1540-1542: Francisco Vazquez de Coronado explores Colorado searching for the Fabled Seven Cities of Cibola.
1803: The United States purchased what is now most of eastern Colorado from France. Napoleon Bonaparte acquired this land from Spain in 1800 and sold it to the United States in 1803 as a part of the Louisiana Purchase, which was signed by President Thomas Jefferson.
1859: A large number of settlers came to Colorado, creating areas such as Boulder and Denver, during The Colorado Gold Rush of 1859. This is considered the largest gold rush in American history.
1861: Congress chose the name “Colorado” for the territory that is now the state of Colorado. It was named after the red color of the Colorado River. The word Colorado is of Spanish origin and means “colored red”.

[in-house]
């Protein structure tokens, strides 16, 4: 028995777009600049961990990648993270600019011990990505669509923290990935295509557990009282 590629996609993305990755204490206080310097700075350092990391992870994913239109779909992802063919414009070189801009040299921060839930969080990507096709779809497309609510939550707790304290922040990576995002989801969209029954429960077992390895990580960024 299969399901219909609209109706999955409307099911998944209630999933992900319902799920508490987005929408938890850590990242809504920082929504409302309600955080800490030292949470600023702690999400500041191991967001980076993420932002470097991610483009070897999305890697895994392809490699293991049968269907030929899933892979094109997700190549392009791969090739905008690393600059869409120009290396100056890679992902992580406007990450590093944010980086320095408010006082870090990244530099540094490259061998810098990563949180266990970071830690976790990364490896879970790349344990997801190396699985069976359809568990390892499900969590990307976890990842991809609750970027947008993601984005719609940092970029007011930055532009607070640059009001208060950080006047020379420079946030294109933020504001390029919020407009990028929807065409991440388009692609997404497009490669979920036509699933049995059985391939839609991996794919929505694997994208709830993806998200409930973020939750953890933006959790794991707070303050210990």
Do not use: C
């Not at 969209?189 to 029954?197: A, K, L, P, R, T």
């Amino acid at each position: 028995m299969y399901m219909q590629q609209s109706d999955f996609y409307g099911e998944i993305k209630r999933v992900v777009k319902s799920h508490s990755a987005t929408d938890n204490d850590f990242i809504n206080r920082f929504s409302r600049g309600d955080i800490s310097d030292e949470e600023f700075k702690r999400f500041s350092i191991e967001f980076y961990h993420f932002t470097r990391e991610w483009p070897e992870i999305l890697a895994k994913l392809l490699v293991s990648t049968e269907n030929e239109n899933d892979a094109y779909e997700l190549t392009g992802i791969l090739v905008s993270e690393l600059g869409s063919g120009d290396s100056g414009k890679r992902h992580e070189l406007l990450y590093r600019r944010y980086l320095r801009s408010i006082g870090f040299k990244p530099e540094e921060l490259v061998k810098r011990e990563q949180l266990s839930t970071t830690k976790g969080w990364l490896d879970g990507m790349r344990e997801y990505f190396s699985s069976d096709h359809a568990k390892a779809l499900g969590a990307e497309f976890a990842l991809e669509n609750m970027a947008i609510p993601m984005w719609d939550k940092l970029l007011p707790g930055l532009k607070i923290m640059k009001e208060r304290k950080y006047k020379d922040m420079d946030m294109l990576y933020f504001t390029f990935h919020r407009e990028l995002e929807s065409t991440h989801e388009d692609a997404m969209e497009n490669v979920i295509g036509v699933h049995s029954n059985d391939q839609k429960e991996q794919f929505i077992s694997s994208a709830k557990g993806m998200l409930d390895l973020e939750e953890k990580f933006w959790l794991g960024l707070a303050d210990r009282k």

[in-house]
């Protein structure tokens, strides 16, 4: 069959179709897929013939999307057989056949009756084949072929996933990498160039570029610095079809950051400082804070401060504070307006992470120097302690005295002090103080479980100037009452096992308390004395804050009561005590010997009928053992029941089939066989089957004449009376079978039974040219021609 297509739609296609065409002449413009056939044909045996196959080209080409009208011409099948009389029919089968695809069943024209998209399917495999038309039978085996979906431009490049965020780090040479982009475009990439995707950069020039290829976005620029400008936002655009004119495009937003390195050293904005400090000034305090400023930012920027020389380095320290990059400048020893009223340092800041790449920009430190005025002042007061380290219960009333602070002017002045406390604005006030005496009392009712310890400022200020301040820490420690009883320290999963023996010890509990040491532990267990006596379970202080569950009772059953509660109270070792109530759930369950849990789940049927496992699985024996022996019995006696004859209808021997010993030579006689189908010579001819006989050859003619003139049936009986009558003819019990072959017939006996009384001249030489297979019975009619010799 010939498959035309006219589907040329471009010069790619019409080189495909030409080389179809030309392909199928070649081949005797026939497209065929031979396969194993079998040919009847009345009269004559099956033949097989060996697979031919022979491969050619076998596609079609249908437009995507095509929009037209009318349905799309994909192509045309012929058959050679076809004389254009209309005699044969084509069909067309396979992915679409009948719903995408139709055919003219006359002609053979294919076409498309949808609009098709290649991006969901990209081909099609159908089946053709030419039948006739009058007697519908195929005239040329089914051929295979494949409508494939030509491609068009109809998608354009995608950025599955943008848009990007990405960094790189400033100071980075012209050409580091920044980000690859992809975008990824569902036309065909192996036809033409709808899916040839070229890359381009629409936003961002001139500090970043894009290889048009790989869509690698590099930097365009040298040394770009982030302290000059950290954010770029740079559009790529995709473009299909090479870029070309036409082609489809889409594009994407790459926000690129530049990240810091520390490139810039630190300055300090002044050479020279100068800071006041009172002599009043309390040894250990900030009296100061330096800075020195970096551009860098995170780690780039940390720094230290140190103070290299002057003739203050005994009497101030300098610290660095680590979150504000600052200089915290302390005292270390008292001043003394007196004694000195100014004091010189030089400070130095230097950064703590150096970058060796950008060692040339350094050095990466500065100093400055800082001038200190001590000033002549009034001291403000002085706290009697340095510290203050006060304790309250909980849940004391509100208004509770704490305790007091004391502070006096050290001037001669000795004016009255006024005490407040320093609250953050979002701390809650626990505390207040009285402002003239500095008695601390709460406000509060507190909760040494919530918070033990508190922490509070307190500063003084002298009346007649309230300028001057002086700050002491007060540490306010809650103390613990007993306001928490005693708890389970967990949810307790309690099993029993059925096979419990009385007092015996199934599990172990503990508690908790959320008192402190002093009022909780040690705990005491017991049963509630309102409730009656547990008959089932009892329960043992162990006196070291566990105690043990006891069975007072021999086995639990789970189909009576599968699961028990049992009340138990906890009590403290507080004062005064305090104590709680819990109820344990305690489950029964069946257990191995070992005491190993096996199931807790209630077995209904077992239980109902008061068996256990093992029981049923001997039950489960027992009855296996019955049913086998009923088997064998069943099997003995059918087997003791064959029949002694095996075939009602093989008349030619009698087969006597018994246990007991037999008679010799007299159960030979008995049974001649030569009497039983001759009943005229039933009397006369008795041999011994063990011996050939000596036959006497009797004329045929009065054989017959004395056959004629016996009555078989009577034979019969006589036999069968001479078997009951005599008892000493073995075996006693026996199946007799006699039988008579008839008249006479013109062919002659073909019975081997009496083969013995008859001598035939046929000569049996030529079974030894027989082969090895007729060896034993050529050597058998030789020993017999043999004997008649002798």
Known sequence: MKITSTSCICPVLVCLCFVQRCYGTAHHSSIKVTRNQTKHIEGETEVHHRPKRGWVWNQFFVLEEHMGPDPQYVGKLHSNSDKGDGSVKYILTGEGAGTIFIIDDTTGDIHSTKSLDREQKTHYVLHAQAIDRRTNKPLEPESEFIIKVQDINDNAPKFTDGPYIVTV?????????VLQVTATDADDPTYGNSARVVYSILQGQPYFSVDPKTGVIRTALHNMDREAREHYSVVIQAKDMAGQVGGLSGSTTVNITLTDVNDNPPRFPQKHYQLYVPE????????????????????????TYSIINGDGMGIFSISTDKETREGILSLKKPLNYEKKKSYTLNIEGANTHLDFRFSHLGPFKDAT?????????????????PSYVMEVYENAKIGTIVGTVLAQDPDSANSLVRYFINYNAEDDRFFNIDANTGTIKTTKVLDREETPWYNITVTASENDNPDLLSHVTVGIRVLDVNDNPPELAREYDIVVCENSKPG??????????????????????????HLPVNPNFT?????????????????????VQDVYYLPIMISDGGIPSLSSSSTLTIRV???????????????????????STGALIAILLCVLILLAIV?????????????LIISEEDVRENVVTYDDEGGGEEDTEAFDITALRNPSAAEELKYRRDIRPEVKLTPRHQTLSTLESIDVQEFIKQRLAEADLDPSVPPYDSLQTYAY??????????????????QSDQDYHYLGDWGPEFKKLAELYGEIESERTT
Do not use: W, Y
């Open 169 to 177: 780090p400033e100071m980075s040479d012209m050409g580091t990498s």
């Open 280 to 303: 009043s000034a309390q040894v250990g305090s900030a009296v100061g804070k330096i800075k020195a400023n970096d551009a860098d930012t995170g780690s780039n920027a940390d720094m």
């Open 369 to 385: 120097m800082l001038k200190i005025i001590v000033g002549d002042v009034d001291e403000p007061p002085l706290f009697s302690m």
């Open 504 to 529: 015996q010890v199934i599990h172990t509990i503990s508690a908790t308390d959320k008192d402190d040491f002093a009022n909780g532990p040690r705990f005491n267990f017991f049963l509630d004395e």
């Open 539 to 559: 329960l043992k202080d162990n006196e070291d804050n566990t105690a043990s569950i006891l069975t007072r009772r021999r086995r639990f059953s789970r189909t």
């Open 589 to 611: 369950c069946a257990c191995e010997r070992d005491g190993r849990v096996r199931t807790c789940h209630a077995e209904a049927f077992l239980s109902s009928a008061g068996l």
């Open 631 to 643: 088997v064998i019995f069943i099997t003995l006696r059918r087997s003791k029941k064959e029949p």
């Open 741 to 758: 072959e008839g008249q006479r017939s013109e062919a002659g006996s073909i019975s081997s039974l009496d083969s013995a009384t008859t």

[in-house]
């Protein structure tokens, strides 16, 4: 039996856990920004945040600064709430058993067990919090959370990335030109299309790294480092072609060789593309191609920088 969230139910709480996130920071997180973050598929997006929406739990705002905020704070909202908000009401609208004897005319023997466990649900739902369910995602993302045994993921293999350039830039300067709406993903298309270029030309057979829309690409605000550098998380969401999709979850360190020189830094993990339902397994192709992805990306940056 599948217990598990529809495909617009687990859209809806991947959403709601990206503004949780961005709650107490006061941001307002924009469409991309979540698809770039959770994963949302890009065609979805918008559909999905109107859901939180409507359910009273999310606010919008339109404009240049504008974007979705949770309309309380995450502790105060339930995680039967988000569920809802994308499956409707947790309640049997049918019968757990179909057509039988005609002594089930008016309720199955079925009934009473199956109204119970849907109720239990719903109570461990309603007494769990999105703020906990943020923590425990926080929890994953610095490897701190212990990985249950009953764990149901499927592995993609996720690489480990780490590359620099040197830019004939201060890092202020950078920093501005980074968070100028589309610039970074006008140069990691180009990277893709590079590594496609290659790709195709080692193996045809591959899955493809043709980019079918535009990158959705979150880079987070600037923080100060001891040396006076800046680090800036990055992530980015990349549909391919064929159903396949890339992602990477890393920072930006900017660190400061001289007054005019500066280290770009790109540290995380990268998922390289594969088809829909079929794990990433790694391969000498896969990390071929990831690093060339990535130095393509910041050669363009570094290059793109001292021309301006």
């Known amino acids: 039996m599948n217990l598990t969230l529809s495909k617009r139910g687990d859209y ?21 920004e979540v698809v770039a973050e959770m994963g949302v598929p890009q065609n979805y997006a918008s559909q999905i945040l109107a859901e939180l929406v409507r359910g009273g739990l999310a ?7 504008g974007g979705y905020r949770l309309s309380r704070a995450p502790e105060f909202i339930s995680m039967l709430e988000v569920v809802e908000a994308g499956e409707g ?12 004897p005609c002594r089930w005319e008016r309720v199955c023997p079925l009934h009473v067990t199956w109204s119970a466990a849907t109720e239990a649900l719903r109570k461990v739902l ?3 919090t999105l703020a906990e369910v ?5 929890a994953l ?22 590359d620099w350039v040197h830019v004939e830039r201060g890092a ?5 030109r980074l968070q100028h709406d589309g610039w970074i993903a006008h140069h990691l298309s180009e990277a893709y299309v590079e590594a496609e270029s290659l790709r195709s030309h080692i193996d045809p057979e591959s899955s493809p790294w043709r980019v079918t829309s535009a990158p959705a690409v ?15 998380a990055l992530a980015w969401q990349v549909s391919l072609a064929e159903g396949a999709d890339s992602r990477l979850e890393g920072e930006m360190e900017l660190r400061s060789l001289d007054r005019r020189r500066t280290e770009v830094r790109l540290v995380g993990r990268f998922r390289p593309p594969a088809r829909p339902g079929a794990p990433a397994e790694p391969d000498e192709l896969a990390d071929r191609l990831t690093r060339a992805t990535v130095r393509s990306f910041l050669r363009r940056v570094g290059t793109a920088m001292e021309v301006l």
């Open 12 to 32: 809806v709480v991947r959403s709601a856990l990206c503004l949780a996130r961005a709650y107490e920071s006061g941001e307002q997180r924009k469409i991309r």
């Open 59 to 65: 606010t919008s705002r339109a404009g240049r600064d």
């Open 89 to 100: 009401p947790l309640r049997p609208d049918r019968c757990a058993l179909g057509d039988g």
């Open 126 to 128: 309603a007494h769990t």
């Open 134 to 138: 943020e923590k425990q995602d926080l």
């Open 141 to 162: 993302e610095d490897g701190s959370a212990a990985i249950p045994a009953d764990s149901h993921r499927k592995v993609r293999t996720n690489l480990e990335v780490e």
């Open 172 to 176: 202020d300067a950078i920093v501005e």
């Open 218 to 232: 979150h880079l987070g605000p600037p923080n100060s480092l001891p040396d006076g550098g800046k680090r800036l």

1870: The Denver and Pacific Railroad was made to connect Denver to the Union Pacific Railroad at Cheyenne, Wyoming.
1876: Colorado became the 38th state. It is called the Centennial State because it was admitted to the Union one hundred years after the signing of the Declaration of Independence.
1893: The right to vote was granted to Colorado women on November 7.
1894: The capital, Denver, was completed.
1905: Believe it or not, the State of Colorado had three Governors in one day: Alva Adams, James H. Peabody, and Jesse F. Macdonald.
1913: The Big Snow of 1913 covered Colorado in snow up to 3-5 feet.
1943: The last Grey Wolf in Colorado died.
1958: The United States Air Force Academy was built close to Colorado Springs.
1972: Colorado was granted and rejected the award to host the 1976 Winter Olympics. Colorado is the only state to ever reject the award as the site of the olympics. The 1976 Winter Olympics were relocated to Innsbruck, Austria.
1999: Two gunman storm Columbine High School and systematically kill 15 people, including themselves.